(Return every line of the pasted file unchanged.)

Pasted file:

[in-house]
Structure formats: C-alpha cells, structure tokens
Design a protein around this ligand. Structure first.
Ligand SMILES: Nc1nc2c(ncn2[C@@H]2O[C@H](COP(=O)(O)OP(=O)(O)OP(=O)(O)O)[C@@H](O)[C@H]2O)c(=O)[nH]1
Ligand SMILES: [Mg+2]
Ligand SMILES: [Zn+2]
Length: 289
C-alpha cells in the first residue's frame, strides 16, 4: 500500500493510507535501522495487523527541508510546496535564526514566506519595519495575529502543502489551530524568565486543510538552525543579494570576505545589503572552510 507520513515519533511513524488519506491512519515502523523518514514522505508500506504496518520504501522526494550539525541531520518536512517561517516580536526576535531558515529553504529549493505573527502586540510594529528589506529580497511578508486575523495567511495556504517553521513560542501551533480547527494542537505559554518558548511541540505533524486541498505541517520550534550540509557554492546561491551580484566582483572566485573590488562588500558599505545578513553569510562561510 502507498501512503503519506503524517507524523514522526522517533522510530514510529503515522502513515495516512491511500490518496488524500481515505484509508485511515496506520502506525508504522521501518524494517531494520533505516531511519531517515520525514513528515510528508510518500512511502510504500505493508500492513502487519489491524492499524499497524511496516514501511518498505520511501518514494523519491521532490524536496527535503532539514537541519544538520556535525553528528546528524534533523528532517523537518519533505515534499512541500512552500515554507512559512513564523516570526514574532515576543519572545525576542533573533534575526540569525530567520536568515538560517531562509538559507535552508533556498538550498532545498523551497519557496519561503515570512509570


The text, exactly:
[in-house]
Structure formats: C-alpha cells, structure tokens
Design a protein around this ligand. Structure first.
Ligand SMILES: Nc1nc2c(ncn2[C@@H]2O[C@H](COP(=O)(O)OP(=O)(O)OP(=O)(O)O)[C@@H](O)[C@H]2O)c(=O)[nH]1
Ligand SMILES: [Mg+2]
Ligand SMILES: [Zn+2]
Length: 289
C-alpha cells in the first residue's frame, strides 16, 4: 500500500493510507535501522495487523527541508510546496535564526514566506519595519495575529502543502489551530524568565486543510538552525543579494570576505545589503572552510 507520513515519533511513524488519506491512519515502523523518514514522505508500506504496518520504501522526494550539525541531520518536512517561517516580536526576535531558515529553504529549493505573527502586540510594529528589506529580497511578508486575523495567511495556504517553521513560542501551533480547527494542537505559554518558548511541540505533524486541498505541517520550534550540509557554492546561491551580484566582483572566485573590488562588500558599505545578513553569510562561510 502507498501512503503519506503524517507524523514522526522517533522510530514510529503515522502513515495516512491511500490518496488524500481515505484509508485511515496506520502506525508504522521501518524494517531494520533505516531511519531517515520525514513528515510528508510518500512511502510504500505493508500492513502487519489491524492499524499497524511496516514501511518498505520511501518514494523519491521532490524536496527535503532539514537541519544538520556535525553528528546528524534533523528532517523537518519533505515534499512541500512552500515554507512559512513564523516570526514574532515576543519572545525576542533573533534575526540569525530567520536568515538560517531562509538559507535552508533556498538550498532545498523551497519557496519561503515570512509570